The Quadriga sustainable shipping project aims to build the world’s largest cargo sailing ship, which could carry up to 2,000 cars.
Quadriga, which was first announced by German firm Sailing Cargo, aims to become the world’s first and largest sailing cargo ship. UK-based marine classification specialist Lloyd’s Register announced last week that it has joined the project.
Lloyd’s Register wrote on its website that the vessel will be equipped with four DynaRig masts, which are modern versions of sailing ships’ square-rigged masts. It is expected to operate on hybrid propulsion with sails and diesel-electric engines. In addition, when carrying peak loads, the vessel will have an optional battery system.
The vessel, which is 558-feet long, will be capable of sailing at between 10 and 12 knots. It is expected to reach 14-16 knots in the next few years, according to Lloyd’s Register.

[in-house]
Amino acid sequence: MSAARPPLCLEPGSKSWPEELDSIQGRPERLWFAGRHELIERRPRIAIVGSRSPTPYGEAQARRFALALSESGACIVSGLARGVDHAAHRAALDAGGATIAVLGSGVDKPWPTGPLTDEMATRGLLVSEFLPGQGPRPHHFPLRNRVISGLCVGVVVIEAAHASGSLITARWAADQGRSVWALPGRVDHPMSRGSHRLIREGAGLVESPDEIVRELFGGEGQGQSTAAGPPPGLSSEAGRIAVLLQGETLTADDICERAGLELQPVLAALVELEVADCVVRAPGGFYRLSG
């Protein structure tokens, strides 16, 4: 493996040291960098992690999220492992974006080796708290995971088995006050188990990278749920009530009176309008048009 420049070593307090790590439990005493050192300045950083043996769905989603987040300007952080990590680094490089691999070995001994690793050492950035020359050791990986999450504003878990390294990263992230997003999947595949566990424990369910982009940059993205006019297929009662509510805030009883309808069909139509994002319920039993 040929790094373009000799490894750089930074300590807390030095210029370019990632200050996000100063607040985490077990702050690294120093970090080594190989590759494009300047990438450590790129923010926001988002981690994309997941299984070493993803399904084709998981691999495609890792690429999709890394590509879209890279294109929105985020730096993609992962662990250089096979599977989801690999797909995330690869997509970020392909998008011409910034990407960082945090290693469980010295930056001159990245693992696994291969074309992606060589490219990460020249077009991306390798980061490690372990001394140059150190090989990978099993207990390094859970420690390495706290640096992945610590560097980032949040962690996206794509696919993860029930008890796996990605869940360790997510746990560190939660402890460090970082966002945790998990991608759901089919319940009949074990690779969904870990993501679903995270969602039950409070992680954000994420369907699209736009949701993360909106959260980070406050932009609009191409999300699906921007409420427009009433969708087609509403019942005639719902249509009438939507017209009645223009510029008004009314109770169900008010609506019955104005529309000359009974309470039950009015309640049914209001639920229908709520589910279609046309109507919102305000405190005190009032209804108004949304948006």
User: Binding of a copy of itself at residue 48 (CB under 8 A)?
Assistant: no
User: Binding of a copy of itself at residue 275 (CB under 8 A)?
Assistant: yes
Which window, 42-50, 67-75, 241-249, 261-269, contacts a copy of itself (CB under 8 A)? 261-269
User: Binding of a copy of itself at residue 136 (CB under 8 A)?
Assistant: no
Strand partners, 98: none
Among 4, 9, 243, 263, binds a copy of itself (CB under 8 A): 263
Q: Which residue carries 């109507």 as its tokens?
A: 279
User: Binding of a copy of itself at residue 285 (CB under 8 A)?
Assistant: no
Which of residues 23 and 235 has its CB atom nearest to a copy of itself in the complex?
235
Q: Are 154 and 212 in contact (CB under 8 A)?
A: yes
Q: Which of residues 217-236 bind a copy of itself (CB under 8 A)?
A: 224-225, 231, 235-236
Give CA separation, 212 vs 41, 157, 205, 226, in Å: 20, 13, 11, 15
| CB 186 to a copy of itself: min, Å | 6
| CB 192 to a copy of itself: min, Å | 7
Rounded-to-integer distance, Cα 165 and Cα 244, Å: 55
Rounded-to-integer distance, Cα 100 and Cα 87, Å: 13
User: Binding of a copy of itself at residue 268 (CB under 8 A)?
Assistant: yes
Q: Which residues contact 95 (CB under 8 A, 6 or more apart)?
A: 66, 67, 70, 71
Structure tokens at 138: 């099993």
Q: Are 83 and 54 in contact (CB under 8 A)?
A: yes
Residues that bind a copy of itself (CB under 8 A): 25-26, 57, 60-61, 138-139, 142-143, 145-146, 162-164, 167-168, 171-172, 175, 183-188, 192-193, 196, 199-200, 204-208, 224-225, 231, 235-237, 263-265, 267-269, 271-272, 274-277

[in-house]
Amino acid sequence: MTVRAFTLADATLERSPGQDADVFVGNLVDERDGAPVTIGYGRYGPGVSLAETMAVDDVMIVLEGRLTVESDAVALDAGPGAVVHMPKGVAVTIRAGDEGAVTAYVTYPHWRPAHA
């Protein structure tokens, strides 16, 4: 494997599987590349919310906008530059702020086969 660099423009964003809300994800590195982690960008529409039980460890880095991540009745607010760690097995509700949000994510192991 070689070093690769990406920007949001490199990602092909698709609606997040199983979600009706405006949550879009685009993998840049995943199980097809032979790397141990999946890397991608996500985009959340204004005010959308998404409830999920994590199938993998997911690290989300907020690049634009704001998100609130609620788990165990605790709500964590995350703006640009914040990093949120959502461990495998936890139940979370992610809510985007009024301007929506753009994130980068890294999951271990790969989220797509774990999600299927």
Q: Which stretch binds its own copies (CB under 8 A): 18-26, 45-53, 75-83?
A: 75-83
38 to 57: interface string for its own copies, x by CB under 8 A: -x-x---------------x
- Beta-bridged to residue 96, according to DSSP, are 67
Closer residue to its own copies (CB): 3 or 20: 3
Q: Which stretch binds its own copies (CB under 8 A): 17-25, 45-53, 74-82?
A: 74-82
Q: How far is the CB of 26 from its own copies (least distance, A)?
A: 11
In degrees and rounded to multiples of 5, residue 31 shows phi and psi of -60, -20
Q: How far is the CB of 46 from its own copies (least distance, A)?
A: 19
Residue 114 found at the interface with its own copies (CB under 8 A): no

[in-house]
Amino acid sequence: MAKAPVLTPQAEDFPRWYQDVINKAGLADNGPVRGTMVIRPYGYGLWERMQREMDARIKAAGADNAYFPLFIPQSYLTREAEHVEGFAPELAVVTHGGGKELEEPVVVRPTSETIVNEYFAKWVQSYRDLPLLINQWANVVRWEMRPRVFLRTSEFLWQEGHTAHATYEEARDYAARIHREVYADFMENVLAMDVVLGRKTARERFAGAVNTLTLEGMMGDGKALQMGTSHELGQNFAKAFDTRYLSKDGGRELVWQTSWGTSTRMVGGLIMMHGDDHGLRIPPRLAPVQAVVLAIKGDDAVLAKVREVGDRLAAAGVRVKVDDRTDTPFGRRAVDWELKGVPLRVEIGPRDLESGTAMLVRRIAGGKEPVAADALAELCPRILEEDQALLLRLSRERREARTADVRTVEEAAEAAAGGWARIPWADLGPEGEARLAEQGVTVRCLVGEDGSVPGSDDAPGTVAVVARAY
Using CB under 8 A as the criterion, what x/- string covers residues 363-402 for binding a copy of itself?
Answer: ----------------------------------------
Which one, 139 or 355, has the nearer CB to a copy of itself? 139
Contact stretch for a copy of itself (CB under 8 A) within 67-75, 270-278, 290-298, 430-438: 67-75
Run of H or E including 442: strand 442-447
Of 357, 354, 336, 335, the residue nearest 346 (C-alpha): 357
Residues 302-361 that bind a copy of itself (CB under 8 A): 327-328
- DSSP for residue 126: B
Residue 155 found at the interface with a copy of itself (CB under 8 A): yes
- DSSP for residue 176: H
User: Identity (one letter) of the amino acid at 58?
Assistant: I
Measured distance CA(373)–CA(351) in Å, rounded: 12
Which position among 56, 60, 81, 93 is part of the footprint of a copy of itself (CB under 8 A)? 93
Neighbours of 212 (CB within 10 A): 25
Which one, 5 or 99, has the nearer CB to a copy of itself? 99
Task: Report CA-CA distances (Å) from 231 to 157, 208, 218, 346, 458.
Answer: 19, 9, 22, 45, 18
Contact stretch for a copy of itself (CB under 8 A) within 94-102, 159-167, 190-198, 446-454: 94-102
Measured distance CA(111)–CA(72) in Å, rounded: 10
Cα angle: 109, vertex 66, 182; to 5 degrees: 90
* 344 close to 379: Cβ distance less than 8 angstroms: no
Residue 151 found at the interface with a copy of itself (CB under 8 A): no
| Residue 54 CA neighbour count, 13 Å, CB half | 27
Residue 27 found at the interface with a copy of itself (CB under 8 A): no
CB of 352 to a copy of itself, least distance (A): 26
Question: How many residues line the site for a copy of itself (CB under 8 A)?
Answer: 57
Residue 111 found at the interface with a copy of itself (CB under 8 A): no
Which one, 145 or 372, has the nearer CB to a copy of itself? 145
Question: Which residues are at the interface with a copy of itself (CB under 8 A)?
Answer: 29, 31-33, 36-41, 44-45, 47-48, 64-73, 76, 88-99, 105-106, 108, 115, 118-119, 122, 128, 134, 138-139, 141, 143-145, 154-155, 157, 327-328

“It’s a very exciting initiative to be involved in. It’s always motivating for us to be involved from the concept stage of any project, especially those that involve innovative technology and new ways of doing things,” said Nico Dettmann, Lloyd’s Register’s marketing and sales manager for Central and Eastern Europe, Marine & Offshore, in a statement. “We have a long history of working with and supporting our clients to bring their new and novel concepts, safely and robustly from inception to operational reality.”
Lloyd’s Register believes that wind-assisted propulsion can provide realistic renewable power in the shipping industry. According to the organization’s study Low Carbon Pathways 2050, in order to reach the Paris Agreement’s low emissions requirements, low-carbon ships will be necessary.
“We must do the right thing for the future of our industry; the Quadriga project combines traditionally proven systems with cutting edge technology and aims to provide a solution to reduce CO2 emissions,” said Uwe Köhler, founder of the Quadriga project.